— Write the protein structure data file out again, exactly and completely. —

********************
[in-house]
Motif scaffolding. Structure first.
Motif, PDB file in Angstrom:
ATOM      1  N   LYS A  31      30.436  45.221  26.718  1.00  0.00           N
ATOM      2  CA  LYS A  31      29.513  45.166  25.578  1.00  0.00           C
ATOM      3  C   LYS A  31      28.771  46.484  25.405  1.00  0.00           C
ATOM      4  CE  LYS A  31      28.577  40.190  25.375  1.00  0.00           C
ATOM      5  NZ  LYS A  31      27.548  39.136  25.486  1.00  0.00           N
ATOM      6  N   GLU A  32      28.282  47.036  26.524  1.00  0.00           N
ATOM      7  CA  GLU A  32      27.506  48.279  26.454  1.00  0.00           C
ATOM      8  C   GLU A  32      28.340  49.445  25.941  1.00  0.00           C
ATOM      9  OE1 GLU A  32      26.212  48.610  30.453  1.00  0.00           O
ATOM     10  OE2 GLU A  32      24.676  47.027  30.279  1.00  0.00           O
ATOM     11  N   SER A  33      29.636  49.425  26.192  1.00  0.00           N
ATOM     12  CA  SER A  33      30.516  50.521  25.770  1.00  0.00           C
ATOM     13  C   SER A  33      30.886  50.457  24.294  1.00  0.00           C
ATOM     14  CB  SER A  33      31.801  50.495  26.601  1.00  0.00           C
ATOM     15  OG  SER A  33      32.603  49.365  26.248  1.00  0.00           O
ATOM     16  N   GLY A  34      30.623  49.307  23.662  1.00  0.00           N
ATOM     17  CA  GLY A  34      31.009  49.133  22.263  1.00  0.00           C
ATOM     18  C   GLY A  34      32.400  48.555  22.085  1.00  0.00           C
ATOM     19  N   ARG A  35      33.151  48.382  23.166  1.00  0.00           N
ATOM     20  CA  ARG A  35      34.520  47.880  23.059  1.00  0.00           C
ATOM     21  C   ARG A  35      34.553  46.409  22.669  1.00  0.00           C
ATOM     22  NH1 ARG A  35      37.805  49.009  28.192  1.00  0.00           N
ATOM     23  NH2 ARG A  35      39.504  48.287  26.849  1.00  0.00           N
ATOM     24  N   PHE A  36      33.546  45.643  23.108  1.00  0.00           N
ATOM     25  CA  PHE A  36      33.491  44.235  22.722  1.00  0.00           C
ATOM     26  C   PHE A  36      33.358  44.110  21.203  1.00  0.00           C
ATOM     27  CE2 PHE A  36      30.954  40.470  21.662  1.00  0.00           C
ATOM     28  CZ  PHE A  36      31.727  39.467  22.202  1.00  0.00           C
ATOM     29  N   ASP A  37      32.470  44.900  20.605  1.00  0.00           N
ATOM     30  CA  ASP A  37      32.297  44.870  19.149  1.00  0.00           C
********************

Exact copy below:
[in-house]
Motif scaffolding. Structure first.
Motif, PDB file in Angstrom:
ATOM      1  N   LYS A  31      30.436  45.221  26.718  1.00  0.00           N
ATOM      2  CA  LYS A  31      29.513  45.166  25.578  1.00  0.00           C
ATOM      3  C   LYS A  31      28.771  46.484  25.405  1.00  0.00           C
ATOM      4  CE  LYS A  31      28.577  40.190  25.375  1.00  0.00           C
ATOM      5  NZ  LYS A  31      27.548  39.136  25.486  1.00  0.00           N
ATOM      6  N   GLU A  32      28.282  47.036  26.524  1.00  0.00           N
ATOM      7  CA  GLU A  32      27.506  48.279  26.454  1.00  0.00           C
ATOM      8  C   GLU A  32      28.340  49.445  25.941  1.00  0.00           C
ATOM      9  OE1 GLU A  32      26.212  48.610  30.453  1.00  0.00           O
ATOM     10  OE2 GLU A  32      24.676  47.027  30.279  1.00  0.00           O
ATOM     11  N   SER A  33      29.636  49.425  26.192  1.00  0.00           N
ATOM     12  CA  SER A  33      30.516  50.521  25.770  1.00  0.00           C
ATOM     13  C   SER A  33      30.886  50.457  24.294  1.00  0.00           C
ATOM     14  CB  SER A  33      31.801  50.495  26.601  1.00  0.00           C
ATOM     15  OG  SER A  33      32.603  49.365  26.248  1.00  0.00           O
ATOM     16  N   GLY A  34      30.623  49.307  23.662  1.00  0.00           N
ATOM     17  CA  GLY A  34      31.009  49.133  22.263  1.00  0.00           C
ATOM     18  C   GLY A  34      32.400  48.555  22.085  1.00  0.00           C
ATOM     19  N   ARG A  35      33.151  48.382  23.166  1.00  0.00           N
ATOM     20  CA  ARG A  35      34.520  47.880  23.059  1.00  0.00           C
ATOM     21  C   ARG A  35      34.553  46.409  22.669  1.00  0.00           C
ATOM     22  NH1 ARG A  35      37.805  49.009  28.192  1.00  0.00           N
ATOM     23  NH2 ARG A  35      39.504  48.287  26.849  1.00  0.00           N
ATOM     24  N   PHE A  36      33.546  45.643  23.108  1.00  0.00           N
ATOM     25  CA  PHE A  36      33.491  44.235  22.722  1.00  0.00           C
ATOM     26  C   PHE A  36      33.358  44.110  21.203  1.00  0.00           C
ATOM     27  CE2 PHE A  36      30.954  40.470  21.662  1.00  0.00           C
ATOM     28  CZ  PHE A  36      31.727  39.467  22.202  1.00  0.00           C
ATOM     29  N   ASP A  37      32.470  44.900  20.605  1.00  0.00           N
ATOM     30  CA  ASP A  37      32.297  44.870  19.149  1.00  0.00           C